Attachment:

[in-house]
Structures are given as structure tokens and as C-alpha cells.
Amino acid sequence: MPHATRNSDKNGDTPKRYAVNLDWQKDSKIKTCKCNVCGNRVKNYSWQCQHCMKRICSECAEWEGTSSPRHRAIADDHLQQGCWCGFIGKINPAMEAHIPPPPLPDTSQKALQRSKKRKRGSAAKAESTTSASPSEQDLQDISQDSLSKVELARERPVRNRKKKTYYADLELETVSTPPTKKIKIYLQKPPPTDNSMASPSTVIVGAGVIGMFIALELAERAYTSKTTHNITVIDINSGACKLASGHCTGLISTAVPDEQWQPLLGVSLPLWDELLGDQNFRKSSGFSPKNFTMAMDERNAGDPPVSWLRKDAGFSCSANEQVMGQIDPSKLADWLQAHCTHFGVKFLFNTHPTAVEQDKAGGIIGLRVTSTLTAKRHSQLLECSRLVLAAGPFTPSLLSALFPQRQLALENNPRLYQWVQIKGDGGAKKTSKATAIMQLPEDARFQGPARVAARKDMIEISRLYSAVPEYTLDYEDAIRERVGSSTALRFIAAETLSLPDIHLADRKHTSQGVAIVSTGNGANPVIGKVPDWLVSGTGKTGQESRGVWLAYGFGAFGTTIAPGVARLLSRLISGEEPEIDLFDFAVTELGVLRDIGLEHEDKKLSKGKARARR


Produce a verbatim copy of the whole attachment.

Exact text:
[in-house]
Structures are given as structure tokens and as C-alpha cells.
Amino acid sequence: MPHATRNSDKNGDTPKRYAVNLDWQKDSKIKTCKCNVCGNRVKNYSWQCQHCMKRICSECAEWEGTSSPRHRAIADDHLQQGCWCGFIGKINPAMEAHIPPPPLPDTSQKALQRSKKRKRGSAAKAESTTSASPSEQDLQDISQDSLSKVELARERPVRNRKKKTYYADLELETVSTPPTKKIKIYLQKPPPTDNSMASPSTVIVGAGVIGMFIALELAERAYTSKTTHNITVIDINSGACKLASGHCTGLISTAVPDEQWQPLLGVSLPLWDELLGDQNFRKSSGFSPKNFTMAMDERNAGDPPVSWLRKDAGFSCSANEQVMGQIDPSKLADWLQAHCTHFGVKFLFNTHPTAVEQDKAGGIIGLRVTSTLTAKRHSQLLECSRLVLAAGPFTPSLLSALFPQRQLALENNPRLYQWVQIKGDGGAKKTSKATAIMQLPEDARFQGPARVAARKDMIEISRLYSAVPEYTLDYEDAIRERVGSSTALRFIAAETLSLPDIHLADRKHTSQGVAIVSTGNGANPVIGKVPDWLVSGTGKTGQESRGVWLAYGFGAFGTTIAPGVARLLSRLISGEEPEIDLFDFAVTELGVLRDIGLEHEDKKLSKGKARARR